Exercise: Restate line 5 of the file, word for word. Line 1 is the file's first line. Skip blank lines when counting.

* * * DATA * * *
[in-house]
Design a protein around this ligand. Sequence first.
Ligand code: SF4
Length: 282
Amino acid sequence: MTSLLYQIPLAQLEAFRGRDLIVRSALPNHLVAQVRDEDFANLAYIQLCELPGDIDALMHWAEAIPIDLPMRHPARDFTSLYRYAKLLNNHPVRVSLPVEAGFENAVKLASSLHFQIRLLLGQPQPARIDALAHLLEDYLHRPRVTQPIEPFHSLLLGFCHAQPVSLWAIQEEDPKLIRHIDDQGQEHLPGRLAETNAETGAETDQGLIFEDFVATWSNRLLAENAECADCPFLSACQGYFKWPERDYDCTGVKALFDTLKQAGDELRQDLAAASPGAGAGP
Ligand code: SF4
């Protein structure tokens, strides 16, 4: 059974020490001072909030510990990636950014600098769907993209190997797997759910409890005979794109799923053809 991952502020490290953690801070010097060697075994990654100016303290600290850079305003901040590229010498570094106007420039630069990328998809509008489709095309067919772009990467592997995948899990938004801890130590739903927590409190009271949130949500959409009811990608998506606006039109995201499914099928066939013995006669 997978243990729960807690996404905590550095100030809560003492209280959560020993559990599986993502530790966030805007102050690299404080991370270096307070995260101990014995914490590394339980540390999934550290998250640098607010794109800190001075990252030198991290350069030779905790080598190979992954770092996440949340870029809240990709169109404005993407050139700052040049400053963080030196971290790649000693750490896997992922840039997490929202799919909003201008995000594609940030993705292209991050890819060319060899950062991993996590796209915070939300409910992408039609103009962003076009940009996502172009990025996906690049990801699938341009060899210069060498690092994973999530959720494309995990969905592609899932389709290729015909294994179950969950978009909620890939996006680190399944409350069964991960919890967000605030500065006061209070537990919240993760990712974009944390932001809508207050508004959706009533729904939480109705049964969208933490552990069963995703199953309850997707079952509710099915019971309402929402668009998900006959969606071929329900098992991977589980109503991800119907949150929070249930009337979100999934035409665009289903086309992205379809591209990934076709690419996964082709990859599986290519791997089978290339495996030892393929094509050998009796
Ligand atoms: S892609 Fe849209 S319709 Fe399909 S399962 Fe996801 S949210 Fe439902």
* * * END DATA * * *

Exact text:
Amino acid sequence: MTSLLYQIPLAQLEAFRGRDLIVRSALPNHLVAQVRDEDFANLAYIQLCELPGDIDALMHWAEAIPIDLPMRHPARDFTSLYRYAKLLNNHPVRVSLPVEAGFENAVKLASSLHFQIRLLLGQPQPARIDALAHLLEDYLHRPRVTQPIEPFHSLLLGFCHAQPVSLWAIQEEDPKLIRHIDDQGQEHLPGRLAETNAETGAETDQGLIFEDFVATWSNRLLAENAECADCPFLSACQGYFKWPERDYDCTGVKALFDTLKQAGDELRQDLAAASPGAGAGP